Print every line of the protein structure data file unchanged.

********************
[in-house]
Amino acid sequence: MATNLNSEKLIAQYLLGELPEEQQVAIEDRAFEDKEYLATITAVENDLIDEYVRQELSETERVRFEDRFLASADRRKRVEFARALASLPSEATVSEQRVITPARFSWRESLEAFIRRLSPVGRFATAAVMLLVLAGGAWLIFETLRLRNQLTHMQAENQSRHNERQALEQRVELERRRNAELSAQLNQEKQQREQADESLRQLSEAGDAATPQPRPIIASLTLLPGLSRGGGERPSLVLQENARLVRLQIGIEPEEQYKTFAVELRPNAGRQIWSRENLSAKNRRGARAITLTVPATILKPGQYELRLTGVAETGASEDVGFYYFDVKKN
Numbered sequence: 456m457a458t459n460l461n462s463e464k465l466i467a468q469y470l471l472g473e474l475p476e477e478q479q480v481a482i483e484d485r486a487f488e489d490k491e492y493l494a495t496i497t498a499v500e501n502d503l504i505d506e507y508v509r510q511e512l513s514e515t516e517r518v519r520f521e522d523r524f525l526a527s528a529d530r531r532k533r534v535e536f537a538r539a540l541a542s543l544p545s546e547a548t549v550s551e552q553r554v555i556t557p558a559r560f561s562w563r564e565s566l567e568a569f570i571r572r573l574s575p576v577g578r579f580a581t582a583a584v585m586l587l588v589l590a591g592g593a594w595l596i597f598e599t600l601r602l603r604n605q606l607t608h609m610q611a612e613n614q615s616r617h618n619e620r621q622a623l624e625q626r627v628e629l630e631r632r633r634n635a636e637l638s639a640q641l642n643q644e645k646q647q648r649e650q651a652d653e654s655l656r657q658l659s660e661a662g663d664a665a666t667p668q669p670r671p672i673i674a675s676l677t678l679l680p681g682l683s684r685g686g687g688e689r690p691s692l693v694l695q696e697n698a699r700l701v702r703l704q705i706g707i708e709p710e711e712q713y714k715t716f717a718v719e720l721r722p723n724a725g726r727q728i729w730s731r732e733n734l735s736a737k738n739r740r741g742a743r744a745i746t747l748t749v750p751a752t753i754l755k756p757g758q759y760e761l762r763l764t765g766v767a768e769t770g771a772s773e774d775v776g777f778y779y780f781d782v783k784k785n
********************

[in-house]
Amino acid sequence: MATNLNSEKLIAQYLLGELPEEQQVAIEDRAFEDKEYLATITAVENDLIDEYVRQELSETERVRFEDRFLASADRRKRVEFARALASLPSEATVSEQRVITPARFSWRESLEAFIRRLSPVGRFATAAVMLLVLAGGAWLIFETLRLRNQLTHMQAENQSRHNERQALEQRVELERRRNAELSAQLNQEKQQREQADESLRQLSEAGDAATPQPRPIIASLTLLPGLSRGGGERPSLVLQENARLVRLQIGIEPEEQYKTFAVELRPNAGRQIWSRENLSAKNRRGARAITLTVPATILKPGQYELRLTGVAETGASEDVGFYYFDVKKN
Numbered sequence: 456m457a458t459n460l461n462s463e464k465l466i467a468q469y470l471l472g473e474l475p476e477e478q479q480v481a482i483e484d485r486a487f488e489d490k491e492y493l494a495t496i497t498a499v500e501n502d503l504i505d506e507y508v509r510q511e512l513s514e515t516e517r518v519r520f521e522d523r524f525l526a527s528a529d530r531r532k533r534v535e536f537a538r539a540l541a542s543l544p545s546e547a548t549v550s551e552q553r554v555i556t557p558a559r560f561s562w563r564e565s566l567e568a569f570i571r572r573l574s575p576v577g578r579f580a581t582a583a584v585m586l587l588v589l590a591g592g593a594w595l596i597f598e599t600l601r602l603r604n605q606l607t608h609m610q611a612e613n614q615s616r617h618n619e620r621q622a623l624e625q626r627v628e629l630e631r632r633r634n635a636e637l638s639a640q641l642n643q644e645k646q647q648r649e650q651a652d653e654s655l656r657q658l659s660e661a662g663d664a665a666t667p668q669p670r671p672i673i674a675s676l677t678l679l680p681g682l683s684r685g686g687g688e689r690p691s692l693v694l695q696e697n698a699r700l701v702r703l704q705i706g707i708e709p710e711e712q713y714k715t716f717a718v719e720l721r722p723n724a725g726r727q728i729w730s731r732e733n734l735s736a737k738n739r740r741g742a743r744a745i746t747l748t749v750p751a752t753i754l755k756p757g758q759y760e761l762r763l764t765g766v767a768e769t770g771a772s773e774d775v776g777f778y779y780f781d782v783k784k785n